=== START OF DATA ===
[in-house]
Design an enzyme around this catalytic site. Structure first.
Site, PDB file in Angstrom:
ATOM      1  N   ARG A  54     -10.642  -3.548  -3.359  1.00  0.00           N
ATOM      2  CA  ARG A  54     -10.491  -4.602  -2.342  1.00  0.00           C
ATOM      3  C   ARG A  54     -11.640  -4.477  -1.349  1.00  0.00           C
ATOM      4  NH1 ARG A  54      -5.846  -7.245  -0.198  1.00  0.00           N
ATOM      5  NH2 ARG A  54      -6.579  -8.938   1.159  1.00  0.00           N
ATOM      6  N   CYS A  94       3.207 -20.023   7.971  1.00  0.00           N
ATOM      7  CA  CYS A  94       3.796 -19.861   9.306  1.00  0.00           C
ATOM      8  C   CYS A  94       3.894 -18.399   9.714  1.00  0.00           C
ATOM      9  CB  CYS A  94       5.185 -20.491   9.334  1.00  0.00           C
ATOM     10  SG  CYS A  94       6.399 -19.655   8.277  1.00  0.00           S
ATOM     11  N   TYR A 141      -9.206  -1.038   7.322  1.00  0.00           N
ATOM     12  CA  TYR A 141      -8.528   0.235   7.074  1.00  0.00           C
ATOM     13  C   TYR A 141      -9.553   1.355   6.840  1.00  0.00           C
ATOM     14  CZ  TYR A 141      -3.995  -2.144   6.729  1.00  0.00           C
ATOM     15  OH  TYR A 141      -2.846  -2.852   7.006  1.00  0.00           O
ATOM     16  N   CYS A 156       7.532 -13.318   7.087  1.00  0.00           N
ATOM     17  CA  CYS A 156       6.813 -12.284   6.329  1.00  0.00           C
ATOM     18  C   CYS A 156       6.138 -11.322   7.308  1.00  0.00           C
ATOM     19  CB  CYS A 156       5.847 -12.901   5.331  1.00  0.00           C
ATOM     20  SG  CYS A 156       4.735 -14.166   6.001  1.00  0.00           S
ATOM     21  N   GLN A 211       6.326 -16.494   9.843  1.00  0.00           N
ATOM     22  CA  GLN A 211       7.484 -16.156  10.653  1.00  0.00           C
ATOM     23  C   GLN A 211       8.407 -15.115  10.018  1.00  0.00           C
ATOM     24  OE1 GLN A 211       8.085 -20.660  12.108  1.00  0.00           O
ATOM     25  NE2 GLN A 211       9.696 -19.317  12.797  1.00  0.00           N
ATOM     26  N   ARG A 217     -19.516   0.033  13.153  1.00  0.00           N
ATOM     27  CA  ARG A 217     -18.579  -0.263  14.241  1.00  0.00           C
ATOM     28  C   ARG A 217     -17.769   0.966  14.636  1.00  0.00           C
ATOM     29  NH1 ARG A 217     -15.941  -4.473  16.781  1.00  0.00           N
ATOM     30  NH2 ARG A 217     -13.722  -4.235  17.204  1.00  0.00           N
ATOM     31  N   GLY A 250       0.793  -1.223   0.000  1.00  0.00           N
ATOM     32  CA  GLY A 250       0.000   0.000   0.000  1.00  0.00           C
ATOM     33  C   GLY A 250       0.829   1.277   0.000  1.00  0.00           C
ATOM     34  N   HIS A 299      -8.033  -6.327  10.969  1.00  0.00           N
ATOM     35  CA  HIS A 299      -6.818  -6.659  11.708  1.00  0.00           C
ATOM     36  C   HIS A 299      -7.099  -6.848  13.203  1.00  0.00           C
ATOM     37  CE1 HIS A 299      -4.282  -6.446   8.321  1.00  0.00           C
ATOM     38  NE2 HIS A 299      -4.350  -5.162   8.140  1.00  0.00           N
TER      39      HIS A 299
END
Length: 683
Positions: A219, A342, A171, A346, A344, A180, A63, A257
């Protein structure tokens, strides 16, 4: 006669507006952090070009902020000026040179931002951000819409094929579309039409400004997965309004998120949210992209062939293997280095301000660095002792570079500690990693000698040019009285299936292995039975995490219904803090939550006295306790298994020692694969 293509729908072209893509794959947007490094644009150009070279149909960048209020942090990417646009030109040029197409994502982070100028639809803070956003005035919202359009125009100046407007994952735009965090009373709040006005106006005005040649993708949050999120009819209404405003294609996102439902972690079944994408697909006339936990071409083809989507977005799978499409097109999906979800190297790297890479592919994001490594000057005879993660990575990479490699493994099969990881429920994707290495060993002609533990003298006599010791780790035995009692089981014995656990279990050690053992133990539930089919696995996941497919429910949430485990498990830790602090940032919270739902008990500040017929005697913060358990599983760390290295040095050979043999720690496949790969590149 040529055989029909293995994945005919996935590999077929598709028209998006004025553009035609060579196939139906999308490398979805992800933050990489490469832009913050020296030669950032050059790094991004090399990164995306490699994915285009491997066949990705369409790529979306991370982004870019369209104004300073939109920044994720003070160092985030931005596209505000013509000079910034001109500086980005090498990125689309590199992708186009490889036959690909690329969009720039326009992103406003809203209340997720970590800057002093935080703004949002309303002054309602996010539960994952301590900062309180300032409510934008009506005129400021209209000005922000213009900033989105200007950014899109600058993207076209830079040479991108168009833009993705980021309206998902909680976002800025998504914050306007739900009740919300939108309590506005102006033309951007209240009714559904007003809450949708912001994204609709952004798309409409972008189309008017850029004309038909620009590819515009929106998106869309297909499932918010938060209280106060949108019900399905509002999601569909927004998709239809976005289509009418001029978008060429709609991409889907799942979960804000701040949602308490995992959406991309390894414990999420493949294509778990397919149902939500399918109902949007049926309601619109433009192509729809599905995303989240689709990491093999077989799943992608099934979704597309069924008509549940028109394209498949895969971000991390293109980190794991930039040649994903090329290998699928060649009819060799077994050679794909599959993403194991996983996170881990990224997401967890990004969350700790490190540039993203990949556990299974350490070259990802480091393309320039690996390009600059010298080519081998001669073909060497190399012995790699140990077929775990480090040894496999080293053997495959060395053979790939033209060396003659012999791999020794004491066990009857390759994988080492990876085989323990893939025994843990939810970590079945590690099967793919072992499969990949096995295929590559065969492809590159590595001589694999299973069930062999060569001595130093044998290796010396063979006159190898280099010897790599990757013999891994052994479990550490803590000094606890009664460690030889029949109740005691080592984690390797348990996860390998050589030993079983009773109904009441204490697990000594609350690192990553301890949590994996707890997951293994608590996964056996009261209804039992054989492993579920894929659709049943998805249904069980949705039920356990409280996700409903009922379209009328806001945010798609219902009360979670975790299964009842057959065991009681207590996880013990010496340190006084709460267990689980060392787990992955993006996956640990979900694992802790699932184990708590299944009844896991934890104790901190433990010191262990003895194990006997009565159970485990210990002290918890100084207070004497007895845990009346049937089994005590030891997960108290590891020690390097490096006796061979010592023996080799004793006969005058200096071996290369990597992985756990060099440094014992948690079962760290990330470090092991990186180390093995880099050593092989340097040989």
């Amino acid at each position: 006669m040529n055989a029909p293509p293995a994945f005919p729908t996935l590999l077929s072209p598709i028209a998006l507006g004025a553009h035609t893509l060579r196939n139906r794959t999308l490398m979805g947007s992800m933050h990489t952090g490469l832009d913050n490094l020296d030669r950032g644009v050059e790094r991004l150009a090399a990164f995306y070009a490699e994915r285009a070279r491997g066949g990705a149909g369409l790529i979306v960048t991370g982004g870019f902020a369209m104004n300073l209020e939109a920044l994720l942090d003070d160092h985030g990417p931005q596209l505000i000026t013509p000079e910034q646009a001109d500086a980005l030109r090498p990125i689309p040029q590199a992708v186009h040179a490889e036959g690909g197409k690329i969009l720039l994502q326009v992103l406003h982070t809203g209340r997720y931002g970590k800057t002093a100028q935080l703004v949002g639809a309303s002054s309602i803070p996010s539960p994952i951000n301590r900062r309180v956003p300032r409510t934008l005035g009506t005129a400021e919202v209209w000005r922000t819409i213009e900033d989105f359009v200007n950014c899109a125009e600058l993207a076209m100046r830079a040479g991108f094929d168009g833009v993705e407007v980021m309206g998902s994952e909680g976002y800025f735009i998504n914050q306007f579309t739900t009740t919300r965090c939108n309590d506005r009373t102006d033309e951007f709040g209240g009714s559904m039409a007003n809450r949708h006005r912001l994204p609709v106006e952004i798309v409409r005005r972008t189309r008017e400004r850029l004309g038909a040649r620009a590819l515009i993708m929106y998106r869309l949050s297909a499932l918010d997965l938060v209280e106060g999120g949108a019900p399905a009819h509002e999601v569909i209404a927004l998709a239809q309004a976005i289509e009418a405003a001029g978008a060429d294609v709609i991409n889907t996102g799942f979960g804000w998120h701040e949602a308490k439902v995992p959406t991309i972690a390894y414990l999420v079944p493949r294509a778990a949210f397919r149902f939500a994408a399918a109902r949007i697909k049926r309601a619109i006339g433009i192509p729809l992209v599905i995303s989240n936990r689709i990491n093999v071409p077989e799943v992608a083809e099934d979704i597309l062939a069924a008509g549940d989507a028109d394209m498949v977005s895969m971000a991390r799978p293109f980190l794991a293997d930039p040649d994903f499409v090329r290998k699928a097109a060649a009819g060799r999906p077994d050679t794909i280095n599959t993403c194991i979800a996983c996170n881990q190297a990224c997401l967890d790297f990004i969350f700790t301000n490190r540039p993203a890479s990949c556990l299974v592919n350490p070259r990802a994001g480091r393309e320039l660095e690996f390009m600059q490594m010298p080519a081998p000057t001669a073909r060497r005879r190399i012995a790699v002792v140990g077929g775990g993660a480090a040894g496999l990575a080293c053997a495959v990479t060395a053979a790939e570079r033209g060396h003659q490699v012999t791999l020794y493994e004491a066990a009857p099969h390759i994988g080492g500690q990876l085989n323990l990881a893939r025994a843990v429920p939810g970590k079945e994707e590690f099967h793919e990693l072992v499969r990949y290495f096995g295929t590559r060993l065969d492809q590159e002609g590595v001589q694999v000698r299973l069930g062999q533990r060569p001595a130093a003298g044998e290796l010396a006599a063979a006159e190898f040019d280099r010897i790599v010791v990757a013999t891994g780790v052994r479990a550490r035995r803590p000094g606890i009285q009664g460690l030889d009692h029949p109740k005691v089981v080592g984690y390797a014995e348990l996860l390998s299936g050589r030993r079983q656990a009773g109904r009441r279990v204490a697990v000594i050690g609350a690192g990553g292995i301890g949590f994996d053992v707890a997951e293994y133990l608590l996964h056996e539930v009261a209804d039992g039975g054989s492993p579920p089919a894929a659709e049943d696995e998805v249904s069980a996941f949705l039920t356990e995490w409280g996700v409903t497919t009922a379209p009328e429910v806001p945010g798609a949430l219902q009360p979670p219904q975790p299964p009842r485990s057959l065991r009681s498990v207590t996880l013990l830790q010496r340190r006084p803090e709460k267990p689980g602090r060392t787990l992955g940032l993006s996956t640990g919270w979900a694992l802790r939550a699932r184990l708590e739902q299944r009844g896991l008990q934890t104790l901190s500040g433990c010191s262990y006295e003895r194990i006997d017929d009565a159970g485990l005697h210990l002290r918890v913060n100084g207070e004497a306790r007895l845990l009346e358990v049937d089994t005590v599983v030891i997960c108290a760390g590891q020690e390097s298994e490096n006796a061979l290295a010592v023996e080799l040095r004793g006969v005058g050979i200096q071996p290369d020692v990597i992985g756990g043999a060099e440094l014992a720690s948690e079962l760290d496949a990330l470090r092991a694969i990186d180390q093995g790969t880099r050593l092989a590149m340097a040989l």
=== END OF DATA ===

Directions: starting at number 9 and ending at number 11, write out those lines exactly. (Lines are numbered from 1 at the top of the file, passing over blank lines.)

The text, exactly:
ATOM      6  N   CYS A  94       3.207 -20.023   7.971  1.00  0.00           N
ATOM      7  CA  CYS A  94       3.796 -19.861   9.306  1.00  0.00           C
ATOM      8  C   CYS A  94       3.894 -18.399   9.714  1.00  0.00           C